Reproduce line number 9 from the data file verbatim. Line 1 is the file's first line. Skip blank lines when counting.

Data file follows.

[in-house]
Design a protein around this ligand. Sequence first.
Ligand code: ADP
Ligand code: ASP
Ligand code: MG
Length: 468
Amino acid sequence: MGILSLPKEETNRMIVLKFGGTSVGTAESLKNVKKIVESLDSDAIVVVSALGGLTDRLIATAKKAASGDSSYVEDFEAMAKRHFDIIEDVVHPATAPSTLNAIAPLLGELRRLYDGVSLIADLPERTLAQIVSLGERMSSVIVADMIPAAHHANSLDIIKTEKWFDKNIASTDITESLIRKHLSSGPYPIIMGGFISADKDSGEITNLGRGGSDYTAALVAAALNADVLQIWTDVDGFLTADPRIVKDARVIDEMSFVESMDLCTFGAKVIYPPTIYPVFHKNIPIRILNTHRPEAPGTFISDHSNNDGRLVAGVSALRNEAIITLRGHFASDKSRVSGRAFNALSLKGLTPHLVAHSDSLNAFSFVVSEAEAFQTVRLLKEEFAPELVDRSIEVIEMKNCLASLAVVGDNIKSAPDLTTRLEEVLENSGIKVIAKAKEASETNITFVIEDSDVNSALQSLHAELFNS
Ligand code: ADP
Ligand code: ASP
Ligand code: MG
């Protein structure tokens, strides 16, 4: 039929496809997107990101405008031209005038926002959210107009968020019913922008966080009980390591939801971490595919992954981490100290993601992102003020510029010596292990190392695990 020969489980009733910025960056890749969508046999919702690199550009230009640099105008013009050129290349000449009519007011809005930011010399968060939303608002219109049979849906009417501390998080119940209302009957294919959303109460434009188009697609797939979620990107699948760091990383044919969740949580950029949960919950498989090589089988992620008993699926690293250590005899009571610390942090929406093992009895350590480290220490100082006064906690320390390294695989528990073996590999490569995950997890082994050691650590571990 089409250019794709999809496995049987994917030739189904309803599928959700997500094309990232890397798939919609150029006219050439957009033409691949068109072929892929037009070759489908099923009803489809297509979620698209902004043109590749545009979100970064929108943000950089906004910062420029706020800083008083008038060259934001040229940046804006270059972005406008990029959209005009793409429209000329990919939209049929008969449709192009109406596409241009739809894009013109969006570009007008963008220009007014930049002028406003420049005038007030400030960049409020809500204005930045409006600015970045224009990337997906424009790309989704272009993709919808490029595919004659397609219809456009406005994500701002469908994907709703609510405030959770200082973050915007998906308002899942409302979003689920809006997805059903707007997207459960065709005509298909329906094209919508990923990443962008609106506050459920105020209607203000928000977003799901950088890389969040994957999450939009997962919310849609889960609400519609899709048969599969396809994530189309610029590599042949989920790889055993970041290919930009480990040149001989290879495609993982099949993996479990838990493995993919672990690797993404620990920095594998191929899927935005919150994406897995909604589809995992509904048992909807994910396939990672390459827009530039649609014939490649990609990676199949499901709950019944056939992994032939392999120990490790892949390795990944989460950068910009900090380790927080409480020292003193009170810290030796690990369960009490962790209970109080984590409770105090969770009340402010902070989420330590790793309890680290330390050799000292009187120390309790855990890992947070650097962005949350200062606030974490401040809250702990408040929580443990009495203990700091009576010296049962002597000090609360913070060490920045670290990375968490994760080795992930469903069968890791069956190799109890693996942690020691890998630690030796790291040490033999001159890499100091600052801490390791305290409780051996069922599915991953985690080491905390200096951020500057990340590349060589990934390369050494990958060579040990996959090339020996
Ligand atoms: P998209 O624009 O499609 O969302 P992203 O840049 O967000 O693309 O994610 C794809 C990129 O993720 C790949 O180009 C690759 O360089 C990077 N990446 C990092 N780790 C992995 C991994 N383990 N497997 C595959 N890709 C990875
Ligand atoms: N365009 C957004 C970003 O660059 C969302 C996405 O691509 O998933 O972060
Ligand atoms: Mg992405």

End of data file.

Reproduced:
Ligand code: ASP